While Brooklyn Animal Action does not accept surrenders, they will list your cat on their website for adoption if you are able to temporarily house your pet. They also list extensive information on their website for rehoming resources here and on their contact page.

Muffin’s Pet Connection
(mailing address)
9728-3rd Ave. B125
Brooklyn, NY 11209-7742

Muffin’s Pet Connection will help you list your cat for adoption for free.

Mighty Mutts & Ollie’s Place
430 E. 9th St
between 1st Ave & Avenue A in the East Village

If you need to rehome your pet, visit this page first. Mighty Mutts accepts surrenders when they have the space, but they’ll help spread the word about your adoptable pet.

Where to Volunteer

While all of the organizations listed are accepting volunteers, these rescues are actively seeking pet foster parents and on-site volunteers for their shelters and adoption centers.

All Sentient Beings Inc
454 West 46th Street
Suite 2B-S
between 9th & 10th Ave in Hells Kitchen

All Sentient Beings
is looking for foster parents for their kittens and cats so that they can rescue more animals.

The American Society for the Prevention of Cruelty to Animals (ASPCA)
424 E. 92nd St.
between 1st and York Ave

At the ASPCA you can volunteer in the adoption center, be a pet foster parent, or even become an athletic ambassador and run a 5k in support of the shelter.

Staten Island Hope Animal Rescue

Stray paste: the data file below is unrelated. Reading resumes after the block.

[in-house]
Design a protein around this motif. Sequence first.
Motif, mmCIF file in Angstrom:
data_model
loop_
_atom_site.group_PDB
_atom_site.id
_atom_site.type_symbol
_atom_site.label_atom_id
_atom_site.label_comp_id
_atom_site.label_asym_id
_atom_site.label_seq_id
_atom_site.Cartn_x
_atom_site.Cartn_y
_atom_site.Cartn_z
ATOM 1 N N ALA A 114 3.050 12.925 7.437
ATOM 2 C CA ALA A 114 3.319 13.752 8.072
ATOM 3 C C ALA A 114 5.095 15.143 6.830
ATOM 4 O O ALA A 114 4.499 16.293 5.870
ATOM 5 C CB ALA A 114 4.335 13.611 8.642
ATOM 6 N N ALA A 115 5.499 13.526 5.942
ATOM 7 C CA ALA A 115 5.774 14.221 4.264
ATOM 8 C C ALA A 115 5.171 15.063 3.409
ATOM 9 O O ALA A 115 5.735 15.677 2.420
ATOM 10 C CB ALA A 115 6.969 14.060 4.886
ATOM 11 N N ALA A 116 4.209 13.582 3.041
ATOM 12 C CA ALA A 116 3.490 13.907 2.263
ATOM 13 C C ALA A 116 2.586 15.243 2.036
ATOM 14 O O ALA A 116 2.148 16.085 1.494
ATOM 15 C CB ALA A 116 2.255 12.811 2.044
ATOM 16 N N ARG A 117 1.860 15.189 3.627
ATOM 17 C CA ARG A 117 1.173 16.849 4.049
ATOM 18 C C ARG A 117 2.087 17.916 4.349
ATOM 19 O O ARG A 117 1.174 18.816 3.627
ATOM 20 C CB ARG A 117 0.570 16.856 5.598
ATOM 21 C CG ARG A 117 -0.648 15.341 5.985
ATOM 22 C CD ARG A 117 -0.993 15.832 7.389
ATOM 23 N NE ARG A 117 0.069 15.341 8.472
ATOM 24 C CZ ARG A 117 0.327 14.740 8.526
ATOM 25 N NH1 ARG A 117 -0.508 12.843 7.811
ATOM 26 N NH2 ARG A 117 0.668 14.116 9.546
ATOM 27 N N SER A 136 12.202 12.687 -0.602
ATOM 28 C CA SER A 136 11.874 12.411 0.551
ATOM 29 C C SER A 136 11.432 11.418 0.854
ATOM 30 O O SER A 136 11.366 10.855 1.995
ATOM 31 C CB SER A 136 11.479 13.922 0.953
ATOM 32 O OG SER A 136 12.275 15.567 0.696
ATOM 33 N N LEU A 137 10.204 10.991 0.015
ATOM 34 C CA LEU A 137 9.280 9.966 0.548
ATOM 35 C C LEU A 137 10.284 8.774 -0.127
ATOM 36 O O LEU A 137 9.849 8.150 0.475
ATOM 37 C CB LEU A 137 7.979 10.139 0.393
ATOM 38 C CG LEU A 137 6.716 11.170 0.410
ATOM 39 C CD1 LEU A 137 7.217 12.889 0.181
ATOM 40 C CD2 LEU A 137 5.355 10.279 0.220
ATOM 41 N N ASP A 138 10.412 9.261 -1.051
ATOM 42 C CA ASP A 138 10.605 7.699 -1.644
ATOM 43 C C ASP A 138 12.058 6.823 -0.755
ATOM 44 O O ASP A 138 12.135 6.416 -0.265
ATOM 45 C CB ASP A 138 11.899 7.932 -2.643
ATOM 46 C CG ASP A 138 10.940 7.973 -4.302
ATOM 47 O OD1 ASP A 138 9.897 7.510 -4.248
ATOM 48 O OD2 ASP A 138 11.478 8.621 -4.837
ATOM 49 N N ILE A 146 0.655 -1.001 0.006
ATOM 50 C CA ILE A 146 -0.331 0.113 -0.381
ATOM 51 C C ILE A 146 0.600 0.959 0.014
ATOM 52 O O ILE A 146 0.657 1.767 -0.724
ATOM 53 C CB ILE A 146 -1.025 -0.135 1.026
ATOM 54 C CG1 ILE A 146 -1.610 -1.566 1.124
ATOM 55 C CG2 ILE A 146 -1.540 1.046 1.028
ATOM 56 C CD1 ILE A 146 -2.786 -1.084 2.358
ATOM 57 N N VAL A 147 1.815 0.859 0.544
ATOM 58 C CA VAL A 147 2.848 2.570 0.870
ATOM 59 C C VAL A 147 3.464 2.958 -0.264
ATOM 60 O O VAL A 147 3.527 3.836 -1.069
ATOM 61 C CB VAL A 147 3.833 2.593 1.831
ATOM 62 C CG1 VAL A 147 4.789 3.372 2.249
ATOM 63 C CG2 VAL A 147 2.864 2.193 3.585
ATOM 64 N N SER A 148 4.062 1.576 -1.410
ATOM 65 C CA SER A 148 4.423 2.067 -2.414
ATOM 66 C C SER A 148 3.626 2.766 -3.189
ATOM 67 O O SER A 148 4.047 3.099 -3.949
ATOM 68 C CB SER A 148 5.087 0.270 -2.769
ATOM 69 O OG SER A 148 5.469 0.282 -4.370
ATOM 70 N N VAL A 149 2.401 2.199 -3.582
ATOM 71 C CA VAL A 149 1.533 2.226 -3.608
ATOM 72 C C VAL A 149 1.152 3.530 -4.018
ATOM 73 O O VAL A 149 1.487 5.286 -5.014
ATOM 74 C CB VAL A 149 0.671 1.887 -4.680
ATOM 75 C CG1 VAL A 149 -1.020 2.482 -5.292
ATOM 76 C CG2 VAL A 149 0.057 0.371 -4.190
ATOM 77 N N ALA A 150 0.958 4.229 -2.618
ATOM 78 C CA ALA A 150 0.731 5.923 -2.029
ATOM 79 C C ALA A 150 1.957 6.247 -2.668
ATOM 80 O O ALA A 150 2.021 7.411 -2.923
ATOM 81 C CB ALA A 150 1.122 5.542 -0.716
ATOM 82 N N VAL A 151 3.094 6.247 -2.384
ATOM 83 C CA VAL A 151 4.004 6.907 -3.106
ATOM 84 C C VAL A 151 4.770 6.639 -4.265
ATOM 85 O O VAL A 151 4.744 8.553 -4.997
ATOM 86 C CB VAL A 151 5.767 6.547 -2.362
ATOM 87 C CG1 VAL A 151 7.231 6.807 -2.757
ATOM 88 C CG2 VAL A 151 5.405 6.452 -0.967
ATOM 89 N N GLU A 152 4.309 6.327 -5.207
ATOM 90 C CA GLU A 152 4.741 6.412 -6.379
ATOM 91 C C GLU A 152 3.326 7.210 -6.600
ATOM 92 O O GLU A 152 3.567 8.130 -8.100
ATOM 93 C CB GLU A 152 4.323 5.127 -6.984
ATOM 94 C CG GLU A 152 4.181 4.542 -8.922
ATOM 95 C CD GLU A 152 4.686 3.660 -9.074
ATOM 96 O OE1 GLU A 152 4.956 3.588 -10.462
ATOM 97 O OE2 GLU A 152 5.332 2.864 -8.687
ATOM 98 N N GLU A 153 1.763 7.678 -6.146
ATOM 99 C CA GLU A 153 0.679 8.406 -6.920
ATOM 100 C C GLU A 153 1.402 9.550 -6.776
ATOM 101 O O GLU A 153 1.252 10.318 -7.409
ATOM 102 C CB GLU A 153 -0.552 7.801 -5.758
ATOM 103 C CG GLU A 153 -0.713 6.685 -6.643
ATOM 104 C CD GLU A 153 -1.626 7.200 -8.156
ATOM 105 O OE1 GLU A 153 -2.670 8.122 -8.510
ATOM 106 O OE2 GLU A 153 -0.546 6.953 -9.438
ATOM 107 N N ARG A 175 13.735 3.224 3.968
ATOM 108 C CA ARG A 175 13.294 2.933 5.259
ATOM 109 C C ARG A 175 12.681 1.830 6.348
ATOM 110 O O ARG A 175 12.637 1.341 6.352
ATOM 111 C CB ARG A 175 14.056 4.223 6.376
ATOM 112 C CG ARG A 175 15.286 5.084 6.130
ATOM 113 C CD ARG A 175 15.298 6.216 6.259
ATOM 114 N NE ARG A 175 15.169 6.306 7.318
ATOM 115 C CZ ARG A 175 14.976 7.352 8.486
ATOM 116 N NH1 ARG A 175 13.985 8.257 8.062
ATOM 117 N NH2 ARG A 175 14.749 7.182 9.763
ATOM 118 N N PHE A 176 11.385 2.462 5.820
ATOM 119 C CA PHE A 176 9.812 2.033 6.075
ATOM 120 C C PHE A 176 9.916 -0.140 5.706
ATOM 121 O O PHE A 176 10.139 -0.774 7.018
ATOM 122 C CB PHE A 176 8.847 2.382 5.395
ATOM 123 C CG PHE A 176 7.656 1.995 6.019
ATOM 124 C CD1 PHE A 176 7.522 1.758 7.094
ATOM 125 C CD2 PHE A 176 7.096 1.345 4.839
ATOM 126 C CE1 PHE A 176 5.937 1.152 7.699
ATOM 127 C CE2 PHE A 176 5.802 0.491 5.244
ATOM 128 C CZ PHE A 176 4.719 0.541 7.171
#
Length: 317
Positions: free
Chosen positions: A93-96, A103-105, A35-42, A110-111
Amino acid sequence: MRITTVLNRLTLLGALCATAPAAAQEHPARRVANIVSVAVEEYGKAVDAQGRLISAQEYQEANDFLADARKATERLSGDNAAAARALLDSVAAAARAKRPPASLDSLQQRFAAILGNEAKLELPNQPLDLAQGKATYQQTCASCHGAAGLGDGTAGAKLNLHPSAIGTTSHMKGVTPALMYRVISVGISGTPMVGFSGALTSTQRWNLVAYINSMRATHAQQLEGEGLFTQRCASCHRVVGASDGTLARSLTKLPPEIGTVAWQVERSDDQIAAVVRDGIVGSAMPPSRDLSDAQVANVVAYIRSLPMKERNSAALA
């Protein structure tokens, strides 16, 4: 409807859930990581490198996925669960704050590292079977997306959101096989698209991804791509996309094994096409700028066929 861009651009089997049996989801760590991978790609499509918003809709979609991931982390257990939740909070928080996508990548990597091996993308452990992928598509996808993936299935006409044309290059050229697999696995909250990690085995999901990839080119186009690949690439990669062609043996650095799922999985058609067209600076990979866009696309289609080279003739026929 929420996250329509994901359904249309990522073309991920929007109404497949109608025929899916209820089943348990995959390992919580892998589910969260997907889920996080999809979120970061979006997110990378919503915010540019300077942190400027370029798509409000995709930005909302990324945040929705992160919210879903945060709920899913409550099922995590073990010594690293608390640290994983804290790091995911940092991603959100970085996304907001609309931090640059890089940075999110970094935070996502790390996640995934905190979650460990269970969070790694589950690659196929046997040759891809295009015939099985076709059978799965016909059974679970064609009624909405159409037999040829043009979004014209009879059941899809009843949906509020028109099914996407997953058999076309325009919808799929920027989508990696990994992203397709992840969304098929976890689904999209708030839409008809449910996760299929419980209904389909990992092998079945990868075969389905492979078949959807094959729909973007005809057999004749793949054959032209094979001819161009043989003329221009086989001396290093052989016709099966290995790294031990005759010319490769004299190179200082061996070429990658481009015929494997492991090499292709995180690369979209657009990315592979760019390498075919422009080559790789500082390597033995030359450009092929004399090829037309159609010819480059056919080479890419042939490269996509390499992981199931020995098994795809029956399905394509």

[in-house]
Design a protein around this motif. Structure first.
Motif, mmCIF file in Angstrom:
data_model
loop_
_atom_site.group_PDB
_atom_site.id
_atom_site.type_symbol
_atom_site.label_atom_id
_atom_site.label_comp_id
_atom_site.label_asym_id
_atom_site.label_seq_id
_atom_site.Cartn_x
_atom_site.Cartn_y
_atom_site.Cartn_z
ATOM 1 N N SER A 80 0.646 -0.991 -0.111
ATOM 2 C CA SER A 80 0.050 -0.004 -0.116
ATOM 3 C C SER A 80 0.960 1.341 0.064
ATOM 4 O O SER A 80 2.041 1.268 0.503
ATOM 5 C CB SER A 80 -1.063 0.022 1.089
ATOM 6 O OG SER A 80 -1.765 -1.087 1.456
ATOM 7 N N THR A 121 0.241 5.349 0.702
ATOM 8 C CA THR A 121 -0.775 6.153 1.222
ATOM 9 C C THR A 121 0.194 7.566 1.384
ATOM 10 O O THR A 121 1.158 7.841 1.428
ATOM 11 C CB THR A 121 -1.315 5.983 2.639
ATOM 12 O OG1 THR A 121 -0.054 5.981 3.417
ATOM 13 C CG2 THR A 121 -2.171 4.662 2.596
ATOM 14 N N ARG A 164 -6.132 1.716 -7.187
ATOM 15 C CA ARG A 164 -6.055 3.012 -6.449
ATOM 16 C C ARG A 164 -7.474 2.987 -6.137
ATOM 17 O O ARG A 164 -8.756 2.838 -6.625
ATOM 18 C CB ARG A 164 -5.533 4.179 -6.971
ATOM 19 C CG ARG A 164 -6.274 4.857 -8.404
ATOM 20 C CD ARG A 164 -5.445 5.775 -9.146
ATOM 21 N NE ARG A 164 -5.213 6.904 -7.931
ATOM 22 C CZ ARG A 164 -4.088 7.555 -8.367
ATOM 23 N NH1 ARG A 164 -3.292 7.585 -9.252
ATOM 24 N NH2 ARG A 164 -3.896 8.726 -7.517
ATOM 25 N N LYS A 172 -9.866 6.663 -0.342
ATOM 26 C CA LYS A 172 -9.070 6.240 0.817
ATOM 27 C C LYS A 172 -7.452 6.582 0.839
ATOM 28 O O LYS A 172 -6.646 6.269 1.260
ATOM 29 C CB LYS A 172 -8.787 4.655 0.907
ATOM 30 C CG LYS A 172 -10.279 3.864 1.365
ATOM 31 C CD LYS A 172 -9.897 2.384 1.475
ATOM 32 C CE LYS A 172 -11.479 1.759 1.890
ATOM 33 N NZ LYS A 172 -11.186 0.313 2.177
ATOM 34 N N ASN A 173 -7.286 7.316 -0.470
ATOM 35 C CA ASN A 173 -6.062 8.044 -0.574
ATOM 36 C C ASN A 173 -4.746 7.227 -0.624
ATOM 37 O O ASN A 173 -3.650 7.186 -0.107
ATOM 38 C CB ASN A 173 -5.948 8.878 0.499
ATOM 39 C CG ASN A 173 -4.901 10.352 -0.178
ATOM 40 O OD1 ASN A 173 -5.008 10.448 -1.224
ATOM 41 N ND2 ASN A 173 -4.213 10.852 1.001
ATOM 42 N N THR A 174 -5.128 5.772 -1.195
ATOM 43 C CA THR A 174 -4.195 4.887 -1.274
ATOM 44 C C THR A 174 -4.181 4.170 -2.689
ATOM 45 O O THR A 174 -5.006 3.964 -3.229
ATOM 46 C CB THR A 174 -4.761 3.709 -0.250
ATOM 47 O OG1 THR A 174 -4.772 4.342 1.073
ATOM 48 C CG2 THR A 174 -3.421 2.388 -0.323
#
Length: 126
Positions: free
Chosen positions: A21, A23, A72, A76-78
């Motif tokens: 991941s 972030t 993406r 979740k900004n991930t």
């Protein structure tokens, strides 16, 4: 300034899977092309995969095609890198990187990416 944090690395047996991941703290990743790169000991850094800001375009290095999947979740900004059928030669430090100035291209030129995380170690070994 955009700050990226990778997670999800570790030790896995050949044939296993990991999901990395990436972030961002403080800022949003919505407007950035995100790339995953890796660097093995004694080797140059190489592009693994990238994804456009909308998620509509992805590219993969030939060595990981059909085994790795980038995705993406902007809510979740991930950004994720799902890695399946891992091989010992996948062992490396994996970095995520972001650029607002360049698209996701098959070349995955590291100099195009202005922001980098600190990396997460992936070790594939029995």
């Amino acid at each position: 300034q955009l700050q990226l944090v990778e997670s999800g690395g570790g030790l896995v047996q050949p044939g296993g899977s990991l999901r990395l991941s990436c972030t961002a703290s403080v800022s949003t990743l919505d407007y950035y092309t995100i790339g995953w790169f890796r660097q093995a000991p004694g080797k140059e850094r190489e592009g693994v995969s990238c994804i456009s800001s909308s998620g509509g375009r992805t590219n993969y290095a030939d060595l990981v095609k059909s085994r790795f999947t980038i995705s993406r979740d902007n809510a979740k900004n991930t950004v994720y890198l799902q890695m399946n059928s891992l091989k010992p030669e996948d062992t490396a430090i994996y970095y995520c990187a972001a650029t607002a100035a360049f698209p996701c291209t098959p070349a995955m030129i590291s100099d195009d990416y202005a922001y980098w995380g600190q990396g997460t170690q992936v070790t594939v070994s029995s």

(no mailing address or phone number listed, please use contact form )

Staten Island Hope Animal Rescue is specifically for cats only, and they are looking for foster homes for their kitties. They also hold regular adoptapaloozas and fundraisers with giveaways.

If you know of an active organization that helps to rehome cats, we’d love to hear from you. Drop us a line in the comments.

Candace Elise Hoes is a pet sitter and blogger at Katie’s Kitty. She is a graduate of the MFA Writing Program at California College of the Arts.

Mew to You Kitteh’s” by Kevin Jarrett is licensed under CC BY 2.0.

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9 Responses to No-Kill Cat Shelters and Rescues in New York City

  1. Kerry June 18, 2015 at 12:37 am #

    My husband and I have rescued a stray. We cannot keep it since we have too many cats as it is, and would like to find him a home. He is at the vet right now because we had him neutered and checked for FHIV and leukemia plus rabies shots. He is a full grown cat with gray/silver coloring with light stripes on his legs and tail. We have advertised this cat as lost and no one has claimed him in the past two months. We were able to gain the trust of this cat by feeding him and he is adorable and extremely affectionate and had no problem with the vet. I am not exaggerating when I say this cat has the best disposition I’ve ever seen but as I stated before we already have too many cats and my male cat hates him. We live in Staten Island and need help quickly please since you do not want to put him outside but I cannot keep him inside due to the male cat. Could you give me a call at 732-619-994.